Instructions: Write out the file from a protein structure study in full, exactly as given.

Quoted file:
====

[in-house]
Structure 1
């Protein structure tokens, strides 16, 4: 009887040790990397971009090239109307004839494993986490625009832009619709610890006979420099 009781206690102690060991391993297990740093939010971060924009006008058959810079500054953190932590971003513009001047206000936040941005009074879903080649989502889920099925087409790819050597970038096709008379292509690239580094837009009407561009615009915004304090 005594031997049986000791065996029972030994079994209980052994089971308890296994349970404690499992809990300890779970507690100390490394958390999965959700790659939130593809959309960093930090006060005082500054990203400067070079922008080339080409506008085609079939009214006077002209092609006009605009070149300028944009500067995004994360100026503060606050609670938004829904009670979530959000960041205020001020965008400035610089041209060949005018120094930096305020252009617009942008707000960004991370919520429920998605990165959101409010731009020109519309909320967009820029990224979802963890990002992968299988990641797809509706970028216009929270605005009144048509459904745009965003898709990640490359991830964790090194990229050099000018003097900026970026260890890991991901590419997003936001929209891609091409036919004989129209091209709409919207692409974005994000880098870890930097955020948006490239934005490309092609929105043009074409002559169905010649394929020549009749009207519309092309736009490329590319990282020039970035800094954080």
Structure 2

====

[in-house]
Structure 1
């Protein structure tokens, strides 16, 4: 009887040790990397971009090239109307004839494993986490625009832009619709610890006979420099 009781206690102690060991391993297990740093939010971060924009006008058959810079500054953190932590971003513009001047206000936040941005009074879903080649989502889920099925087409790819050597970038096709008379292509690239580094837009009407561009615009915004304090 005594031997049986000791065996029972030994079994209980052994089971308890296994349970404690499992809990300890779970507690100390490394958390999965959700790659939130593809959309960093930090006060005082500054990203400067070079922008080339080409506008085609079939009214006077002209092609006009605009070149300028944009500067995004994360100026503060606050609670938004829904009670979530959000960041205020001020965008400035610089041209060949005018120094930096305020252009617009942008707000960004991370919520429920998605990165959101409010731009020109519309909320967009820029990224979802963890990002992968299988990641797809509706970028216009929270605005009144048509459904745009965003898709990640490359991830964790090194990229050099000018003097900026970026260890890991991901590419997003936001929209891609091409036919004989129209091209709409919207692409974005994000880098870890930097955020948006490239934005490309092609929105043009074409002559169905010649394929020549009749009207519309092309736009490329590319990282020039970035800094954080």
Structure 2